This I Believe

Michael - Knoxville, Tennessee
Entered on December 12, 2007
Age Group: 30 - 50

This I believe

I remember panicking and precariously fighting off tears as I watched my grandfather exhaled his last cancerous breath.

As the bell tolled for my grandpa, I stumbled- emotionally and mentally- trying to make sense of a lost relationship. It is never easy to let go and very easy to view ourselves as victims.

I toiled in solitude, writing and rewriting my grandfather’s eulogy.

Through this process my grief became enriched with a new sense of purpose. I was reminded of a conversation with an old college friend involving relationships and life. We concluded what defines us as humans are the meaningful loyal relationships we form over time, not class status or financial standing.

I also recalled one of the last conversations I had with my grandfather. Late one evening sitting on the bed next to him telling him good-bye for the night he said in his exhausted voice, “Son, I love my family more than you will ever know, and I am going to miss you, please sit with me a while longer and at least watch the news.”

I stayed because at that moment I realized relationships complete a person. I do not remember the newscast or the channel we watched; I do remember sharing an amazing moment that will always guide and define my life.

Relationships, I believe, are the fundamental and simple yet overlooked necessity of all human life. More importantly, relationships may be our only antidote to the stress-induced diseases brought on by our fast-paced economy and our never-ending quest for a meaningful life.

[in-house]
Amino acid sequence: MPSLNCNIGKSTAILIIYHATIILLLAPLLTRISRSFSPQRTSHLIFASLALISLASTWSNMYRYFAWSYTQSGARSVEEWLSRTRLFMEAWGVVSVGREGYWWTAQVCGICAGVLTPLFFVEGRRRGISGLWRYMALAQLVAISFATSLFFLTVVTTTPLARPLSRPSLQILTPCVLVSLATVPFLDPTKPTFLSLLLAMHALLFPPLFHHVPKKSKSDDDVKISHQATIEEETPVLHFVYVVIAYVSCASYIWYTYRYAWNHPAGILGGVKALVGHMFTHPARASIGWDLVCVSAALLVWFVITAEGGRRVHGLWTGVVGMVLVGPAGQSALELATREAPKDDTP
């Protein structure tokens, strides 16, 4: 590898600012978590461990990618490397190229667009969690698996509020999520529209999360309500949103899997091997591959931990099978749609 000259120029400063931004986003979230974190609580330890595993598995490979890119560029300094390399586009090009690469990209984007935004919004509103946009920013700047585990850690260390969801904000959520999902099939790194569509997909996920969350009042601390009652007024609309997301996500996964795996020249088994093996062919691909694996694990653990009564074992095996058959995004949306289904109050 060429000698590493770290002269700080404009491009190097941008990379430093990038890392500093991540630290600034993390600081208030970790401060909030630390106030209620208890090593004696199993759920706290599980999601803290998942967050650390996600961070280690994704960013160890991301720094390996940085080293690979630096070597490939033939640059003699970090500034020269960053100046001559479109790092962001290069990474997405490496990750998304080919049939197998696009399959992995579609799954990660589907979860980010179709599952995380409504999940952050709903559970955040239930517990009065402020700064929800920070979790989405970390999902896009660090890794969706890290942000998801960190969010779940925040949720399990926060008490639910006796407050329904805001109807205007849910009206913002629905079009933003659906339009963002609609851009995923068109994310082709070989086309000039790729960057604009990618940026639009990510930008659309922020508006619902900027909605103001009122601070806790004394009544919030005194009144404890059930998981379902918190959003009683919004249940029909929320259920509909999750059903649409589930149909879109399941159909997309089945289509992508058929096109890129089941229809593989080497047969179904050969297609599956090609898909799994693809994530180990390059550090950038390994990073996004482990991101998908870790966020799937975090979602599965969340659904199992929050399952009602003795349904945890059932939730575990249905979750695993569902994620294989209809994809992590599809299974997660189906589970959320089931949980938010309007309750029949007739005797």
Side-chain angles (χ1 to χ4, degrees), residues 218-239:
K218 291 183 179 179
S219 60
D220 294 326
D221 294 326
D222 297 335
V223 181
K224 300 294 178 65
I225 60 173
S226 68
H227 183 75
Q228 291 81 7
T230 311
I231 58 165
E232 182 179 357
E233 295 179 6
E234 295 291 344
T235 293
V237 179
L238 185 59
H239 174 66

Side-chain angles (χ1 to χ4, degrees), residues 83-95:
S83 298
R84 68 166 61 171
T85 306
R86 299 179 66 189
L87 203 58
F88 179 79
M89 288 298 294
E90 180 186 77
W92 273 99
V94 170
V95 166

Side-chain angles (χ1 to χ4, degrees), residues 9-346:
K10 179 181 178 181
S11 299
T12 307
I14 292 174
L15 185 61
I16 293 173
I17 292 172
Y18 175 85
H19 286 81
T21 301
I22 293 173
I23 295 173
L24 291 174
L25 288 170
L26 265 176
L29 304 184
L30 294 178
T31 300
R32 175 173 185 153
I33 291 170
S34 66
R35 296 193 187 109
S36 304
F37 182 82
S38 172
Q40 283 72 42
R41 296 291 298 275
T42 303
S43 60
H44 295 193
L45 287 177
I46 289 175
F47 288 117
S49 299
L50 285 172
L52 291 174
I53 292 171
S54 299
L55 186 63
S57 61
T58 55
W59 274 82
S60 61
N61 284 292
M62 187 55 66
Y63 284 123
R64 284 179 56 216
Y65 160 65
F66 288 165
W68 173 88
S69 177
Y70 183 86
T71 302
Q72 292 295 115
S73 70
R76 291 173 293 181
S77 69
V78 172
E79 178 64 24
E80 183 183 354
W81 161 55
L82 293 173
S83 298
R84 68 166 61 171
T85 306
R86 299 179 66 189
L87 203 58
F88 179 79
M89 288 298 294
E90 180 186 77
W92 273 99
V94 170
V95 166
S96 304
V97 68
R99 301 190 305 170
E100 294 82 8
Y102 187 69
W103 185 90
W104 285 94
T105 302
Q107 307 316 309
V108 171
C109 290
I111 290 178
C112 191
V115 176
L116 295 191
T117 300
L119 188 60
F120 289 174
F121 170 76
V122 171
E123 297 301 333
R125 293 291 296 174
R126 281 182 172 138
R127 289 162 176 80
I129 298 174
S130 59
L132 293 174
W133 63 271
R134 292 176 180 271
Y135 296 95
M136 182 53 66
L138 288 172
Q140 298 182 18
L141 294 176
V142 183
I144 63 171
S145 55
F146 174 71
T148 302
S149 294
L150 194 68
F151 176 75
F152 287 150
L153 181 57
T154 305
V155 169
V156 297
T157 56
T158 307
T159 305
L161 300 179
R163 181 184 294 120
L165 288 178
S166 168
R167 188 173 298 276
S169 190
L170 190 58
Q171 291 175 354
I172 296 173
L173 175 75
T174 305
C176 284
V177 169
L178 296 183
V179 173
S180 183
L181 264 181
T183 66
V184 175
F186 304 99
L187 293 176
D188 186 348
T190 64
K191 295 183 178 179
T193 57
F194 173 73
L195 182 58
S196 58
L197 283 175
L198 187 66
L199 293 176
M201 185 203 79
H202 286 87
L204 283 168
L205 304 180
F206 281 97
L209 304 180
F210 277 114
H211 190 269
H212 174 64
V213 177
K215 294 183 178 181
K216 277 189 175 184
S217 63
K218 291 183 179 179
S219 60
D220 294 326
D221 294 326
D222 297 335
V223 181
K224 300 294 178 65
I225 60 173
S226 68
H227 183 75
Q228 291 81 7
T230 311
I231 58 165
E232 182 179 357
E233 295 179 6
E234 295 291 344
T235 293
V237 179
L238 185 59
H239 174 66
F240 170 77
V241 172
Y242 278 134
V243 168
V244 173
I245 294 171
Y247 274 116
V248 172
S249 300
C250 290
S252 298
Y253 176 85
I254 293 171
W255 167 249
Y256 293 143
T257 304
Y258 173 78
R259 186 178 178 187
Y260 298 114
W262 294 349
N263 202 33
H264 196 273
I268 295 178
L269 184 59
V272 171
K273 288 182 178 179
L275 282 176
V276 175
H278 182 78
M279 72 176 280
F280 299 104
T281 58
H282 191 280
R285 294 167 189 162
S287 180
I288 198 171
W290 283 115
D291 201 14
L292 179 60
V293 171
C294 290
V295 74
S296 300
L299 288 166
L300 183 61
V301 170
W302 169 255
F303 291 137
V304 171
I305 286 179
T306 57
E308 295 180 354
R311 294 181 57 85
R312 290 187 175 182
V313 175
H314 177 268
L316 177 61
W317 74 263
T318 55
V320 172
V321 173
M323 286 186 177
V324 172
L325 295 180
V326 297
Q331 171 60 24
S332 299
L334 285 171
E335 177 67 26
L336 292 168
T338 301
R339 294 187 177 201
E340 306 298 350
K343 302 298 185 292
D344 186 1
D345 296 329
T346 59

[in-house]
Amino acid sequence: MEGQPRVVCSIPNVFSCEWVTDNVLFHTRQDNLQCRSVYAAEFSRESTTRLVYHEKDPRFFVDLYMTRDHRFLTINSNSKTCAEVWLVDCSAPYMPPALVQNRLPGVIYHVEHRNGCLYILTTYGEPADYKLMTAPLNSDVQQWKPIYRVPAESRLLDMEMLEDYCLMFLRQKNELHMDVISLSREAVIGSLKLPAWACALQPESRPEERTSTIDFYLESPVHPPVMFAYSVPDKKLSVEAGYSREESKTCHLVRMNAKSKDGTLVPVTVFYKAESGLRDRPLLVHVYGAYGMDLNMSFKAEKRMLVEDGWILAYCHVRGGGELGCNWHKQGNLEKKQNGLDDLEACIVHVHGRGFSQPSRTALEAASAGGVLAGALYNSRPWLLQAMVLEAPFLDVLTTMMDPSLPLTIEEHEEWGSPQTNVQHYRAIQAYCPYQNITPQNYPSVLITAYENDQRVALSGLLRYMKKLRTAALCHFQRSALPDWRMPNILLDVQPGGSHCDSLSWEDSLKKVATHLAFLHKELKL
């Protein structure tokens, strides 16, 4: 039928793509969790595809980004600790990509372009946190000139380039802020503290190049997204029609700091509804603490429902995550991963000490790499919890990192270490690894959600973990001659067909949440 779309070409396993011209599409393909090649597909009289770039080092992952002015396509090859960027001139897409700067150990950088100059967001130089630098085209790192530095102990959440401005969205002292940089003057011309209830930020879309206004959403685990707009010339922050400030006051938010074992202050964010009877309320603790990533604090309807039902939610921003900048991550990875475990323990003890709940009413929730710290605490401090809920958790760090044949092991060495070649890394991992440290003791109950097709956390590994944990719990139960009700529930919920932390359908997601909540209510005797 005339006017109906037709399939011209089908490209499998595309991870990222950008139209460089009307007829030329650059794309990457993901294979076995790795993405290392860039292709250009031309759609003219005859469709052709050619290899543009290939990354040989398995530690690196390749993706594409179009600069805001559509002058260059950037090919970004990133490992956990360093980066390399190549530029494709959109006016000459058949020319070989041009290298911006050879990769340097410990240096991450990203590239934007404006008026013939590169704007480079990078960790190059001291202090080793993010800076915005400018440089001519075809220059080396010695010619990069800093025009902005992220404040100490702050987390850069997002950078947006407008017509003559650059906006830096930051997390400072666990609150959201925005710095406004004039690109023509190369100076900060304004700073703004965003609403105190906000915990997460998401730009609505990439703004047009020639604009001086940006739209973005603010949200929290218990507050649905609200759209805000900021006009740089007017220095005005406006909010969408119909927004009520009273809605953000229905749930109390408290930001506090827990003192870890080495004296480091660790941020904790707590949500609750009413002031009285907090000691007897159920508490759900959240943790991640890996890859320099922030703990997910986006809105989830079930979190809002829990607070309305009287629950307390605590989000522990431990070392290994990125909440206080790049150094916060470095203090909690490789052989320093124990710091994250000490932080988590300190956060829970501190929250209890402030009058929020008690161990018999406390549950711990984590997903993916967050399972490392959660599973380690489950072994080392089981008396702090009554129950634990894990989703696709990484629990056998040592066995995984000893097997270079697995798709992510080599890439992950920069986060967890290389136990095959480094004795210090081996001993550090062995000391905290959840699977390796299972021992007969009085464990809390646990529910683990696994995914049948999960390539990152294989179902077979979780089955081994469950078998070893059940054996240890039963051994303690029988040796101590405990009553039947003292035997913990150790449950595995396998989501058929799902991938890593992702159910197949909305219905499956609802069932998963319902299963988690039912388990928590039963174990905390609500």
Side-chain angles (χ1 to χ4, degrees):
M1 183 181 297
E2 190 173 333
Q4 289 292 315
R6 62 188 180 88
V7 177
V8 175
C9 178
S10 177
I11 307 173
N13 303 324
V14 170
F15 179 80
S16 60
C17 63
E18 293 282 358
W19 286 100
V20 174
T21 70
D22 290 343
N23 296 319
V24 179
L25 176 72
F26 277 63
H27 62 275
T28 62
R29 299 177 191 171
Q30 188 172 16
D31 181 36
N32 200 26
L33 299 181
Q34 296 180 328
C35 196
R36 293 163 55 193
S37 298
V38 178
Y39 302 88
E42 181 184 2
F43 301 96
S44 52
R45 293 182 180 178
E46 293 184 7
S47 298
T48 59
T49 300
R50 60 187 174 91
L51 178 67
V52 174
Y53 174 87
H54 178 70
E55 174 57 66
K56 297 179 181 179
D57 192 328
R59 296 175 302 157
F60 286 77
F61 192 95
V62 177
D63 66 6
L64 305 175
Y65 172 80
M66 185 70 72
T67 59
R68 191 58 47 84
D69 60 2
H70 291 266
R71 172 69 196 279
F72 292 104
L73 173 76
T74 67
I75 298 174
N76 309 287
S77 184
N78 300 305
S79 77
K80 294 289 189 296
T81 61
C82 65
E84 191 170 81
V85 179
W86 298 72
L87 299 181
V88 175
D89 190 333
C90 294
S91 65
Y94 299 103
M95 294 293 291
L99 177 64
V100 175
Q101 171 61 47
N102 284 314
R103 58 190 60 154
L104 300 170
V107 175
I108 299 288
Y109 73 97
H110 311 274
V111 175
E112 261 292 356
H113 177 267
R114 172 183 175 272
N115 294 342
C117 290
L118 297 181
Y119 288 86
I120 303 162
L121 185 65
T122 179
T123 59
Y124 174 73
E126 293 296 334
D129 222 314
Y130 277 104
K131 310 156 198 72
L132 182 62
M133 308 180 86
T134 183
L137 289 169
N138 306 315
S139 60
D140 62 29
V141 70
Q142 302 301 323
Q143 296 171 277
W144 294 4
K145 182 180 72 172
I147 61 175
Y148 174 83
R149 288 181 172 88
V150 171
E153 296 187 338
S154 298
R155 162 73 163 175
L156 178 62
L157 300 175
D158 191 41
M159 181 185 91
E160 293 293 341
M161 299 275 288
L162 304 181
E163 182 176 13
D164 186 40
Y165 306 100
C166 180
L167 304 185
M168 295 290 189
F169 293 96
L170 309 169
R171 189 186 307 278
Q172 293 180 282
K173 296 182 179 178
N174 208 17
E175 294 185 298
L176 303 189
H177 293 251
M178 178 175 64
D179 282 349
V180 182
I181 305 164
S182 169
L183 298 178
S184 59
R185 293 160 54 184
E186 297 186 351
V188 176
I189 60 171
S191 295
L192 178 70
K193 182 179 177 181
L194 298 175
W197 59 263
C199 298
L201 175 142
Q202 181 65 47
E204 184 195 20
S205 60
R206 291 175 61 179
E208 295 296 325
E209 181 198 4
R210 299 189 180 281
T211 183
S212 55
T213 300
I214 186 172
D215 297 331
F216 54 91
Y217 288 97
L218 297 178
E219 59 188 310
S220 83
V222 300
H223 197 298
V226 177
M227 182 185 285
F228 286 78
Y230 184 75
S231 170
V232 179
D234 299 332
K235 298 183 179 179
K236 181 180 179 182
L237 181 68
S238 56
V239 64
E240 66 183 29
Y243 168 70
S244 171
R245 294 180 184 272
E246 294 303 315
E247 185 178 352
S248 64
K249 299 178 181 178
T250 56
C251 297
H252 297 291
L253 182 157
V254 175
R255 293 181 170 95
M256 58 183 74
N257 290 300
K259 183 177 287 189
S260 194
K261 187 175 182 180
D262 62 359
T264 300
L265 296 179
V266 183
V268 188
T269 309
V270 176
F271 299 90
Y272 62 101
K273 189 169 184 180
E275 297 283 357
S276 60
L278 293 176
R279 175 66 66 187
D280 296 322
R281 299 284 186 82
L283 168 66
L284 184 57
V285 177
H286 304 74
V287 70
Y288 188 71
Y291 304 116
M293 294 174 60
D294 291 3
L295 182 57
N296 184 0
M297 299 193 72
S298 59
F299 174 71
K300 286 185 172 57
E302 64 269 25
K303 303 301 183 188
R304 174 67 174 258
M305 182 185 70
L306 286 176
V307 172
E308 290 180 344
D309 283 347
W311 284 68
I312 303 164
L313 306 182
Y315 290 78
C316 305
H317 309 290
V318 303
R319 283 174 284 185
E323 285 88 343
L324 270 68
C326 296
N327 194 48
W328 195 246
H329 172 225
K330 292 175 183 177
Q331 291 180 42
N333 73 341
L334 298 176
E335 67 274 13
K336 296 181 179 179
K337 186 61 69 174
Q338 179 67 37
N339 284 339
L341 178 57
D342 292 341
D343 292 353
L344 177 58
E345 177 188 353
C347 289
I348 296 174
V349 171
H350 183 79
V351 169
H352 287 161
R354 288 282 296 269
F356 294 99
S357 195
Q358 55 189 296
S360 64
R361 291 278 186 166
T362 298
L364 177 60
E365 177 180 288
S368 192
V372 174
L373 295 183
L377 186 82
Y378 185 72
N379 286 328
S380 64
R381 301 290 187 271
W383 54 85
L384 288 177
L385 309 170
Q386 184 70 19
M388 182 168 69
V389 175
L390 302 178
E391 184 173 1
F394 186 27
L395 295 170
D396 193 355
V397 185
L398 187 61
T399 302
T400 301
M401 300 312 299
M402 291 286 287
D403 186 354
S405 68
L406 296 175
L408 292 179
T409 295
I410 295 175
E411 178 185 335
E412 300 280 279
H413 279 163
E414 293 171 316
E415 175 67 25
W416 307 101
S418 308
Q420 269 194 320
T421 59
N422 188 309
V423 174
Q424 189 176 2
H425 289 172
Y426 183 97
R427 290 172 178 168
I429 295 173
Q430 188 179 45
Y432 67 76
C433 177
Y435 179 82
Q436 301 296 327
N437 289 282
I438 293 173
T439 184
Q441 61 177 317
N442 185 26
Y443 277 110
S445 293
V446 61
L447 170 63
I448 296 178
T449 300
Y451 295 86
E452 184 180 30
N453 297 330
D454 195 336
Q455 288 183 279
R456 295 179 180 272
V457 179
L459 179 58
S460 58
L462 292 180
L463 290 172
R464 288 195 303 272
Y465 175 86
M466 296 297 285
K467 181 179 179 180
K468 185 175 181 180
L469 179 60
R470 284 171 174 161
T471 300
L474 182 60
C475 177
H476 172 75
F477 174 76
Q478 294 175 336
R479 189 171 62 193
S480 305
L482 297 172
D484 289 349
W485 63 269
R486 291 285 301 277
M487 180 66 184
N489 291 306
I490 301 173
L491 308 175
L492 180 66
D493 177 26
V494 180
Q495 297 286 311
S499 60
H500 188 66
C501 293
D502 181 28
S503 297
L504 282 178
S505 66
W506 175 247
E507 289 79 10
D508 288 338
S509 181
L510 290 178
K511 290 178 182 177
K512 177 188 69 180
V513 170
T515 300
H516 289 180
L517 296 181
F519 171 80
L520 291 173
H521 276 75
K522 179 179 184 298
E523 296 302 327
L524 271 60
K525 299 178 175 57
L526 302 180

Jealousy and envy of our neighbor’s possessions befall us all, and we are all guilty of desiring the latest technological advances. But at the end of the day, when it is all said and done, our lives are defined by our relationships, not by the number of plasma televisions we own or the number of cars in our garage.

I believe our lives are defined by the mutual integrity and respect gained from relationships. The relationships often require personal sacrifice and many acts of civil dignity, such as my grandfather’s barber making a house call to give him his final shave and cut. But in the end the barber will remember that last moment of friendship.

In the end this legacy of friendship defines us all.

In this globally connected world wrought with strife, commercialized holidays, war, and the ever-present original sin of racism, I believe the power of relationships offer our only hope of reconciliation that can transcend the evils of a troubled world.